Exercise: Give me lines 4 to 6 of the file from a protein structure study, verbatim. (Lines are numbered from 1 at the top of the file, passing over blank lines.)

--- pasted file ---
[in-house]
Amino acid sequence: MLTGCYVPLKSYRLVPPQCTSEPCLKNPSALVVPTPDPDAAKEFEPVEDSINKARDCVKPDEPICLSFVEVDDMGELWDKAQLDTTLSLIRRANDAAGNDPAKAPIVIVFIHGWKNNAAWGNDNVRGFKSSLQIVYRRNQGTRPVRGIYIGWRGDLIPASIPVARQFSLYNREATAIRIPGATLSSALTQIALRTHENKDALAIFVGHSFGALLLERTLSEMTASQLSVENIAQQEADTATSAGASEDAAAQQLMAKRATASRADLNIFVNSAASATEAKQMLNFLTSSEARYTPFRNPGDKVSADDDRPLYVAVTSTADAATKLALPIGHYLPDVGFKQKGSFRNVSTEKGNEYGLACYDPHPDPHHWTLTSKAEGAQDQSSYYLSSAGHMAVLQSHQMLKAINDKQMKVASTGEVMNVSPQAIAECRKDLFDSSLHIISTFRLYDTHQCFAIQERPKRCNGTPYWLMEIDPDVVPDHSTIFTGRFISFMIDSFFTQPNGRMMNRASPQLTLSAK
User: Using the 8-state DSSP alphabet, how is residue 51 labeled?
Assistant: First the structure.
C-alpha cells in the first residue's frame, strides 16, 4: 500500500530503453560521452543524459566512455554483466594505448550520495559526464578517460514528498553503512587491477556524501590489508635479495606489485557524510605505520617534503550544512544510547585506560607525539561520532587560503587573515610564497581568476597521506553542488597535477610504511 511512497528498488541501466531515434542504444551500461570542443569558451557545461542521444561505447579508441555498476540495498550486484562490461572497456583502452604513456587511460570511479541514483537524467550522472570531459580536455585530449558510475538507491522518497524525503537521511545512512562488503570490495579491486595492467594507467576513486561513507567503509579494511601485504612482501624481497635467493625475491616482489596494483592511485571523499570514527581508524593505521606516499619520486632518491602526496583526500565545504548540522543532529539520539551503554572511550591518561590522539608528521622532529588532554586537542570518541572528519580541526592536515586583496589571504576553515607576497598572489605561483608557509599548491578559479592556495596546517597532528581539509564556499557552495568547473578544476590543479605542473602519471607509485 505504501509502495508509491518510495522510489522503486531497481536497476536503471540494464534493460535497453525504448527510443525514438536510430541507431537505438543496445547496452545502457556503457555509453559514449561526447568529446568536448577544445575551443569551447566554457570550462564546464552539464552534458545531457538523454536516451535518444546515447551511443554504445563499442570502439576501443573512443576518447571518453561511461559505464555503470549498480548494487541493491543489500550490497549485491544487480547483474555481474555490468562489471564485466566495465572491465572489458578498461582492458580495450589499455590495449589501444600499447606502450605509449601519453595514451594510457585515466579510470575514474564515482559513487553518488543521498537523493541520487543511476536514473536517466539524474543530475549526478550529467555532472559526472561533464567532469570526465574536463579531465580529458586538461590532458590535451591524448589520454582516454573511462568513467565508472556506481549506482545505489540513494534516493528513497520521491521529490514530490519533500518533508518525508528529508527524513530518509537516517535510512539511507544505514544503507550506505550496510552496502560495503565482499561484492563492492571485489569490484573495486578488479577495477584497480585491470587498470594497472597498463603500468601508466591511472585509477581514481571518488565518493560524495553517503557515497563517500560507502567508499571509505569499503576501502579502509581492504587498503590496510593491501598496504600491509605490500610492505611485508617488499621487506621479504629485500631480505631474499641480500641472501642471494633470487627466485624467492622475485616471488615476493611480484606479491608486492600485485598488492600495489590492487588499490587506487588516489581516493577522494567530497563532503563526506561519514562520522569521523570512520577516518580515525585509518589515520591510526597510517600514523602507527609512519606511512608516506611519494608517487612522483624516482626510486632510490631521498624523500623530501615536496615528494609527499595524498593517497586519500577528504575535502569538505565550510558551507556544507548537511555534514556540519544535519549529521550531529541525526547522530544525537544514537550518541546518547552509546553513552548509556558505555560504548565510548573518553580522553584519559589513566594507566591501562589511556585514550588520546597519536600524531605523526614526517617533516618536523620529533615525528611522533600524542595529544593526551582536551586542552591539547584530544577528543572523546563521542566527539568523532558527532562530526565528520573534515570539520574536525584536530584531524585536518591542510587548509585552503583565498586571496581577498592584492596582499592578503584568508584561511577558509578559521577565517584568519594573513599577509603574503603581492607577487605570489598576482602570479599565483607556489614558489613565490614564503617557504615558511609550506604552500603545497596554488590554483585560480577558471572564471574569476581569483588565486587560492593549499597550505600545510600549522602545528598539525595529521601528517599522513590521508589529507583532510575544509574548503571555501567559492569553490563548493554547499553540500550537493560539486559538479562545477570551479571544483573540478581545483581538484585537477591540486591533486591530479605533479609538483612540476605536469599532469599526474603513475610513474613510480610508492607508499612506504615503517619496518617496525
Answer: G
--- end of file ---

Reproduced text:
Assistant: First the structure.
C-alpha cells in the first residue's frame, strides 16, 4: 500500500530503453560521452543524459566512455554483466594505448550520495559526464578517460514528498553503512587491477556524501590489508635479495606489485557524510605505520617534503550544512544510547585506560607525539561520532587560503587573515610564497581568476597521506553542488597535477610504511 511512497528498488541501466531515434542504444551500461570542443569558451557545461542521444561505447579508441555498476540495498550486484562490461572497456583502452604513456587511460570511479541514483537524467550522472570531459580536455585530449558510475538507491522518497524525503537521511545512512562488503570490495579491486595492467594507467576513486561513507567503509579494511601485504612482501624481497635467493625475491616482489596494483592511485571523499570514527581508524593505521606516499619520486632518491602526496583526500565545504548540522543532529539520539551503554572511550591518561590522539608528521622532529588532554586537542570518541572528519580541526592536515586583496589571504576553515607576497598572489605561483608557509599548491578559479592556495596546517597532528581539509564556499557552495568547473578544476590543479605542473602519471607509485 505504501509502495508509491518510495522510489522503486531497481536497476536503471540494464534493460535497453525504448527510443525514438536510430541507431537505438543496445547496452545502457556503457555509453559514449561526447568529446568536448577544445575551443569551447566554457570550462564546464552539464552534458545531457538523454536516451535518444546515447551511443554504445563499442570502439576501443573512443576518447571518453561511461559505464555503470549498480548494487541493491543489500550490497549485491544487480547483474555481474555490468562489471564485466566495465572491465572489458578498461582492458580495450589499455590495449589501444600499447606502450605509449601519453595514451594510457585515466579510470575514474564515482559513487553518488543521498537523493541520487543511476536514473536517466539524474543530475549526478550529467555532472559526472561533464567532469570526465574536463579531465580529458586538461590532458590535451591524448589520454582516454573511462568513467565508472556506481549506482545505489540513494534516493528513497520521491521529490514530490519533500518533508518525508528529508527524513530518509537516517535510512539511507544505514544503507550506505550496510552496502560495503565482499561484492563492492571485489569490484573495486578488479577495477584497480585491470587498470594497472597498463603500468601508466591511472585509477581514481571518488565518493560524495553517503557515497563517500560507502567508499571509505569499503576501502579502509581492504587498503590496510593491501598496504600491509605490500610492505611485508617488499621487506621479504629485500631480505631474499641480500641472501642471494633470487627466485624467492622475485616471488615476493611480484606479491608486492600485485598488492600495489590492487588499490587506487588516489581516493577522494567530497563532503563526506561519514562520522569521523570512520577516518580515525585509518589515520591510526597510517600514523602507527609512519606511512608516506611519494608517487612522483624516482626510486632510490631521498624523500623530501615536496615528494609527499595524498593517497586519500577528504575535502569538505565550510558551507556544507548537511555534514556540519544535519549529521550531529541525526547522530544525537544514537550518541546518547552509546553513552548509556558505555560504548565510548573518553580522553584519559589513566594507566591501562589511556585514550588520546597519536600524531605523526614526517617533516618536523620529533615525528611522533600524542595529544593526551582536551586542552591539547584530544577528543572523546563521542566527539568523532558527532562530526565528520573534515570539520574536525584536530584531524585536518591542510587548509585552503583565498586571496581577498592584492596582499592578503584568508584561511577558509578559521577565517584568519594573513599577509603574503603581492607577487605570489598576482602570479599565483607556489614558489613565490614564503617557504615558511609550506604552500603545497596554488590554483585560480577558471572564471574569476581569483588565486587560492593549499597550505600545510600549522602545528598539525595529521601528517599522513590521508589529507583532510575544509574548503571555501567559492569553490563548493554547499553540500550537493560539486559538479562545477570551479571544483573540478581545483581538484585537477591540486591533486591530479605533479609538483612540476605536469599532469599526474603513475610513474613510480610508492607508499612506504615503517619496518617496525
Answer: G